Thousands march at Budapest Pride as LGBTQ2S+ community voices anxiety over Hungary’s restrictive laws

Budapest, Hungary –

Thousands of participants in the Budapest Pride March marched through the streets of the Hungarian capital on Saturday, as marchers expressed their fears over the increasing pressure on the LGBTQ2S+ community by the country’s right-wing government.

The 28th annual event will see the country’s laws banning homosexual and transgender depictions of minors under the age of 18 beginning to be applied more and more regularly, as a result of which those who disseminate LGBTQ2S+ content will held in the face of fines and other penalties.

Ahead of the march that started in Budapest’s city park, Pride organizer Jojo Majerczyk said the law passed in 2021 will now crack down on LGBTQ2S+ visibility, although it will have no immediate practical effect. He said that it is being used more and more for this purpose.

“We will see how the propaganda law passed two years ago is being applied in practice and how public discourse is fueling anger,” Majerczyk said, referring to the 2021 law. Stated. “It is now clear how they are trying to limit the rights of LGBTQ people in the world of media, movies, films and books.”

Majercsik pointed to the many recent instances of media content depicting LGBTQ2S+ people being restricted. This week, a national bookstore was fined about $36,000 for publishing a popular LGBTQ2S+ graphic novel in its youth literature section and failing to put it in sealed packaging as required by law.

In addition, a 30-second animated campaign video produced by Budapest Pride, in which two female characters meet and touch their foreheads, was ruled by Hungarian media authorities not suitable for audiences under the age of 18. , so it was only broadcast from 10:00 pm to 5:00 am.

With such policies enacted by Prime Minister Viktor Orban’s ruling party, rights groups have warned of a rapid retreat of sexual minority rights in the central European country.

The Orban government claims to be a defender of traditional family values ​​and defending Christian civilization against what it calls “gender madness.” It has repeatedly claimed that the law is intended to protect children from “sexual propaganda”.

However, some Hungarians see the policy as a deliberate attempt to stigmatize the LGBTQ2S+ community for political gain.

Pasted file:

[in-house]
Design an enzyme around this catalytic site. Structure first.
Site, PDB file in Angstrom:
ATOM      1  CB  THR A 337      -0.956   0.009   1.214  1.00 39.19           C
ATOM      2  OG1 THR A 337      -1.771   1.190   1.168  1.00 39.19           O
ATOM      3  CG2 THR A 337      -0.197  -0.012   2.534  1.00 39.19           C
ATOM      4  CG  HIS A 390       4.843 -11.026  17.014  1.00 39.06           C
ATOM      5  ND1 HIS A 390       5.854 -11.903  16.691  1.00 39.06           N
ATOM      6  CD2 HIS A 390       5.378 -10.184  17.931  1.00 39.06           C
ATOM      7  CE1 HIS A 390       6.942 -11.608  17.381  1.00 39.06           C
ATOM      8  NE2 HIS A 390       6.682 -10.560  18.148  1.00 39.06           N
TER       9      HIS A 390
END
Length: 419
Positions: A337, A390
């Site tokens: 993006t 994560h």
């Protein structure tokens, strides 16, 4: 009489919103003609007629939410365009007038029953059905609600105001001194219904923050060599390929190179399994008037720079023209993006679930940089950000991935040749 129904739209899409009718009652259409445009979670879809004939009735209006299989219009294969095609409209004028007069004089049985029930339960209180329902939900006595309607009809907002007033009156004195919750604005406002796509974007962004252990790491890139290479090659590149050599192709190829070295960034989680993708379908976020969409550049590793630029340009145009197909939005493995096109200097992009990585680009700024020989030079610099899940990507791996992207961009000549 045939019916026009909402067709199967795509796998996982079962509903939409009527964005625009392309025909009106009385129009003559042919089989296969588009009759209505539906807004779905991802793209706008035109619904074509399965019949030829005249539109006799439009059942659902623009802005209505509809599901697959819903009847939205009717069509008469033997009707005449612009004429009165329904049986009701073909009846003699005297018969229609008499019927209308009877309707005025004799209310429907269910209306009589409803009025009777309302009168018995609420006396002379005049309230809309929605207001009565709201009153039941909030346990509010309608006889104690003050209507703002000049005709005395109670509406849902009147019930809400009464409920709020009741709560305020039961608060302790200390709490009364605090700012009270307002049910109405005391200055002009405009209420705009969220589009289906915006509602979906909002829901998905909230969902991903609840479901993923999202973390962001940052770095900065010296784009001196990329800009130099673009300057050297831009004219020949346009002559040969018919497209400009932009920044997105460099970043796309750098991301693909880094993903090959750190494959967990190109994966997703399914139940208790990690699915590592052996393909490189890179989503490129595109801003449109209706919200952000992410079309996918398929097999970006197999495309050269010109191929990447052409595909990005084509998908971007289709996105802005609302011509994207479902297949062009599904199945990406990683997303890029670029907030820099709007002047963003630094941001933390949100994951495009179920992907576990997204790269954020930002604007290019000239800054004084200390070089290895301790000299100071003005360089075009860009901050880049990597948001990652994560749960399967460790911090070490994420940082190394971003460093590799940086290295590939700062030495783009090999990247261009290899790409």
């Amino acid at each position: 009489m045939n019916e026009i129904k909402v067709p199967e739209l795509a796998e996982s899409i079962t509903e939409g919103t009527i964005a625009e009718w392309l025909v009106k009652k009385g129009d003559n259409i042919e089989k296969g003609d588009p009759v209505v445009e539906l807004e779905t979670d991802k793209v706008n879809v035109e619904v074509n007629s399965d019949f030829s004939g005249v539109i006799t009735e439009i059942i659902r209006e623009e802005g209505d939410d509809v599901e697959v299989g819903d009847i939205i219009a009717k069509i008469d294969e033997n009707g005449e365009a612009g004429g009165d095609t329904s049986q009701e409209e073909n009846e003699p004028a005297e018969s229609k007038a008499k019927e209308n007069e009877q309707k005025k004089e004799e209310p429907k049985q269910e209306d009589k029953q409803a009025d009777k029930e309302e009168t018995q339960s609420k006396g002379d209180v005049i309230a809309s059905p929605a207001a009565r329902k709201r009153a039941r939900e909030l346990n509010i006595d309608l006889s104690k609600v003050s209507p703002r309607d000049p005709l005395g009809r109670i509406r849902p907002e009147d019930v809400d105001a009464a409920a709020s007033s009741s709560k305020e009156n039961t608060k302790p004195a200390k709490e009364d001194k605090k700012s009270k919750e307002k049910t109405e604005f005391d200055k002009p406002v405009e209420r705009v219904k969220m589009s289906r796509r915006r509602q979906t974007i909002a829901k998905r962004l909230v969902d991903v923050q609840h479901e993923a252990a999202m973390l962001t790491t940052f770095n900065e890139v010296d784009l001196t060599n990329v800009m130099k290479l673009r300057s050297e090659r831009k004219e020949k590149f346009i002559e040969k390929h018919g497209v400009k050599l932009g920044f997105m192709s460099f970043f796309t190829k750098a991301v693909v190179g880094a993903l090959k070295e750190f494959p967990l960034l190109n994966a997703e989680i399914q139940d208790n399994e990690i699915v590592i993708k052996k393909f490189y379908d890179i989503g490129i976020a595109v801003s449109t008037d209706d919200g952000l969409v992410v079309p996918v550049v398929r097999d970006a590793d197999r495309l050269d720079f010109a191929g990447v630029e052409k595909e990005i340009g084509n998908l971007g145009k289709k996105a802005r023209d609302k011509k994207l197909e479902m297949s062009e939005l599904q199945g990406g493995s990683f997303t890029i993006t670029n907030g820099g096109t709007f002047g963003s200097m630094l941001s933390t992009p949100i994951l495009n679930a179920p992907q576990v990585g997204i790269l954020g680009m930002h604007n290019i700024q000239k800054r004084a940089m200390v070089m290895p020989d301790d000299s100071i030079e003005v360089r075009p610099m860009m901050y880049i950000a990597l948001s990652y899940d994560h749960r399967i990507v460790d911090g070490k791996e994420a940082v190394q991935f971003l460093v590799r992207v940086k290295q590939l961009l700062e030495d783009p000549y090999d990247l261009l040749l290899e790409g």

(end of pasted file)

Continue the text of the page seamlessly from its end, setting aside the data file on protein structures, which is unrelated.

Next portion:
David Vig, Director of Amnesty International Hungary, said that in contrast to some countries in Western Europe and North America where Pride events celebrate the history and culture of LGBTQ2S+, Budapest Pride is a celebration of lesbian, gay, gay and gay people. He said it was a way to protest the tightening of the crackdown on rights. bisexual and transgender people.

“Unlike pride marches in happier countries around the world, this is truly a human rights demonstration,” Vig told The Associated Press. “This is for social acceptance, this is for equal rights, because they are not guaranteed in Hungary. We are second-class citizens in many areas of public life.”

Vig spoke of the week’s conflict after Amnesty International Hungary painted the city’s benches rainbow colors in celebration of Pride Month. The benches were defaced several times throughout the week by groups of white supremacist soccer fans, and anti-LGBTQ2S+ slogans were spray-painted around them.

“This is a very clear political message to stop the LGBTQI community in this country from coming out in public and showing who we are,” Vig said. .

A distributed denial of service (DDoS) attack hit the official webpage of Budapest Pride just before noon on Saturday. It was unavailable all day. Several small groups of anti-demonstrators lined the streets of the Pride Route and waved banners with anti-LGBTQ2S+ slogans.

But despite the opposition, Budapest Pride host Christoph Steiner said there were signs that the younger Hungarians were becoming more tolerant of the LGBTQ2S+ community.

“There are new laws that make it almost impossible for LGBTQ people to live a normal life. We are very marginalized,” he said. “But at the same time, we are also seeing very positive changes. We see that the new generation is completely different.”

Pride march participant Nimrod Dagan believes LGBTQ2S+ rights in Hungary and his homeland of Israel have been “deprived” and feels a responsibility to stand up for his community by participating in the march. Stated.

“I don’t think this is a celebration. It’s clear to everyone here that unlike the rest of the world, this means much more,” Duggan said. “I think this is a happy protest.”

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